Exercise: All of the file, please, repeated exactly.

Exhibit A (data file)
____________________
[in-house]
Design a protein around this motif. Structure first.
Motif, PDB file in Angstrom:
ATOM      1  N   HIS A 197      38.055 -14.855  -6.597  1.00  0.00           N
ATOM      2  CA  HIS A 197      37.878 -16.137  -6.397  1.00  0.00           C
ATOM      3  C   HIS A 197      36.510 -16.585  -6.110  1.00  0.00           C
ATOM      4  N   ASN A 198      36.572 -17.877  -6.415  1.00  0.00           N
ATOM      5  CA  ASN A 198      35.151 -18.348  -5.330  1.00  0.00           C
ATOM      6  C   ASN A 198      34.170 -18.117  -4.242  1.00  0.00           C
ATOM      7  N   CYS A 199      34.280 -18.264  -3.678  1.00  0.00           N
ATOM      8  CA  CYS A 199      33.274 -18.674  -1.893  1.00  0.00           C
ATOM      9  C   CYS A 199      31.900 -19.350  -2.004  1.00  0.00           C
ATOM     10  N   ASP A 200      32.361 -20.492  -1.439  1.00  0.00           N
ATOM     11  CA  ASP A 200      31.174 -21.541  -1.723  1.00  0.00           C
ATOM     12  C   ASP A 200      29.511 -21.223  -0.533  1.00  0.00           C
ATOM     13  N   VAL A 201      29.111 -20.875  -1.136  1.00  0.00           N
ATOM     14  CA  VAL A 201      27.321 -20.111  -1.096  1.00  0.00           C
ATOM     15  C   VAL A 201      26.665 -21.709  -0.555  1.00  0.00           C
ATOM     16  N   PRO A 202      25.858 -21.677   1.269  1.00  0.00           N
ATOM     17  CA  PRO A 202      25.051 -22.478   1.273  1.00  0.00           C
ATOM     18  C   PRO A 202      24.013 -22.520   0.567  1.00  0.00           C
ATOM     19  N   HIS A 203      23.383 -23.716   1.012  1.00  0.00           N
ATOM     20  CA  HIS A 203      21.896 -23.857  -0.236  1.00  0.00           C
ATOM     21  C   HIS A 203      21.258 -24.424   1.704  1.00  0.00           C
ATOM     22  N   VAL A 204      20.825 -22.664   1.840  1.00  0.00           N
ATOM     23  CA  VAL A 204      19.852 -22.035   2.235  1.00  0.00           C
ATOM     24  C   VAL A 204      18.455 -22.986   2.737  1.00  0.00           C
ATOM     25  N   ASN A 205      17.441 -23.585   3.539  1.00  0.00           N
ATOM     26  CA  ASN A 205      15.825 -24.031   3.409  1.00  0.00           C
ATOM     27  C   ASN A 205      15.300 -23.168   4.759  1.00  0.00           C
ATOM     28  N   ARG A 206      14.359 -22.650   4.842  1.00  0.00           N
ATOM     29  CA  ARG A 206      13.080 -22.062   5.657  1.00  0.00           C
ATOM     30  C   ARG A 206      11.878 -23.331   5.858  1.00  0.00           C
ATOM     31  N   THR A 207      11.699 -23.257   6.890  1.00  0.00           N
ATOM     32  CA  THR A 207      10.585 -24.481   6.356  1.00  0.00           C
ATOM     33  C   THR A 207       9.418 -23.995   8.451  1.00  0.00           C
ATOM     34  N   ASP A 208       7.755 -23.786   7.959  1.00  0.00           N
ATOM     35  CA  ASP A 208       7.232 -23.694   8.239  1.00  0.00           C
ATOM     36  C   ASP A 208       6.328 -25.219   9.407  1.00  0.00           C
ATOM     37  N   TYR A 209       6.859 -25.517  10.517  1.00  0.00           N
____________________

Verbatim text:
[in-house]
Design a protein around this motif. Structure first.
Motif, PDB file in Angstrom:
ATOM      1  N   HIS A 197      38.055 -14.855  -6.597  1.00  0.00           N
ATOM      2  CA  HIS A 197      37.878 -16.137  -6.397  1.00  0.00           C
ATOM      3  C   HIS A 197      36.510 -16.585  -6.110  1.00  0.00           C
ATOM      4  N   ASN A 198      36.572 -17.877  -6.415  1.00  0.00           N
ATOM      5  CA  ASN A 198      35.151 -18.348  -5.330  1.00  0.00           C
ATOM      6  C   ASN A 198      34.170 -18.117  -4.242  1.00  0.00           C
ATOM      7  N   CYS A 199      34.280 -18.264  -3.678  1.00  0.00           N
ATOM      8  CA  CYS A 199      33.274 -18.674  -1.893  1.00  0.00           C
ATOM      9  C   CYS A 199      31.900 -19.350  -2.004  1.00  0.00           C
ATOM     10  N   ASP A 200      32.361 -20.492  -1.439  1.00  0.00           N
ATOM     11  CA  ASP A 200      31.174 -21.541  -1.723  1.00  0.00           C
ATOM     12  C   ASP A 200      29.511 -21.223  -0.533  1.00  0.00           C
ATOM     13  N   VAL A 201      29.111 -20.875  -1.136  1.00  0.00           N
ATOM     14  CA  VAL A 201      27.321 -20.111  -1.096  1.00  0.00           C
ATOM     15  C   VAL A 201      26.665 -21.709  -0.555  1.00  0.00           C
ATOM     16  N   PRO A 202      25.858 -21.677   1.269  1.00  0.00           N
ATOM     17  CA  PRO A 202      25.051 -22.478   1.273  1.00  0.00           C
ATOM     18  C   PRO A 202      24.013 -22.520   0.567  1.00  0.00           C
ATOM     19  N   HIS A 203      23.383 -23.716   1.012  1.00  0.00           N
ATOM     20  CA  HIS A 203      21.896 -23.857  -0.236  1.00  0.00           C
ATOM     21  C   HIS A 203      21.258 -24.424   1.704  1.00  0.00           C
ATOM     22  N   VAL A 204      20.825 -22.664   1.840  1.00  0.00           N
ATOM     23  CA  VAL A 204      19.852 -22.035   2.235  1.00  0.00           C
ATOM     24  C   VAL A 204      18.455 -22.986   2.737  1.00  0.00           C
ATOM     25  N   ASN A 205      17.441 -23.585   3.539  1.00  0.00           N
ATOM     26  CA  ASN A 205      15.825 -24.031   3.409  1.00  0.00           C
ATOM     27  C   ASN A 205      15.300 -23.168   4.759  1.00  0.00           C
ATOM     28  N   ARG A 206      14.359 -22.650   4.842  1.00  0.00           N
ATOM     29  CA  ARG A 206      13.080 -22.062   5.657  1.00  0.00           C
ATOM     30  C   ARG A 206      11.878 -23.331   5.858  1.00  0.00           C
ATOM     31  N   THR A 207      11.699 -23.257   6.890  1.00  0.00           N
ATOM     32  CA  THR A 207      10.585 -24.481   6.356  1.00  0.00           C
ATOM     33  C   THR A 207       9.418 -23.995   8.451  1.00  0.00           C
ATOM     34  N   ASP A 208       7.755 -23.786   7.959  1.00  0.00           N
ATOM     35  CA  ASP A 208       7.232 -23.694   8.239  1.00  0.00           C
ATOM     36  C   ASP A 208       6.328 -25.219   9.407  1.00  0.00           C
ATOM     37  N   TYR A 209       6.859 -25.517  10.517  1.00  0.00           N